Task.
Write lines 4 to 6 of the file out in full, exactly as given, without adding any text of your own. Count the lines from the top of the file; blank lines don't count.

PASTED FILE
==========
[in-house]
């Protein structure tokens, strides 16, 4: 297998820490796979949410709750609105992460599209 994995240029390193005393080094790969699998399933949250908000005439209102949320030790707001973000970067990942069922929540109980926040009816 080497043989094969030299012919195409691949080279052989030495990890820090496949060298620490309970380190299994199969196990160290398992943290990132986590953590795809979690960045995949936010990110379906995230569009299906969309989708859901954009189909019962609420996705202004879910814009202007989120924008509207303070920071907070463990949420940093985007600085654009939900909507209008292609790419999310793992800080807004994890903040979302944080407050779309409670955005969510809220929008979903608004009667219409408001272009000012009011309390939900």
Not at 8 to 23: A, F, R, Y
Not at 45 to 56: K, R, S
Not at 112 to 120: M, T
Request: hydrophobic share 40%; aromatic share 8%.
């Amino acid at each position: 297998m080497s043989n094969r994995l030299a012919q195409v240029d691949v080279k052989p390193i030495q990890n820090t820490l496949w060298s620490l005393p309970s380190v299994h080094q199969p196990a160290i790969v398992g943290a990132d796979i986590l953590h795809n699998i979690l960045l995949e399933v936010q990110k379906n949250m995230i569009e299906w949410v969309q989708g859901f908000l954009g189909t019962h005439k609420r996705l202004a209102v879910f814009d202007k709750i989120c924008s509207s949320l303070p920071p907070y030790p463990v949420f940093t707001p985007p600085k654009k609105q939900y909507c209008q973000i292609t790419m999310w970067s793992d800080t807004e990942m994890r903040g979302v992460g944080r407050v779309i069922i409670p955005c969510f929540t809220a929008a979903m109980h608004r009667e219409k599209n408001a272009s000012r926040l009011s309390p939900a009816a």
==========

Not at 45 to 56: K, R, S
Not at 112 to 120: M, T
Request: hydrophobic share 40%; aromatic share 8%.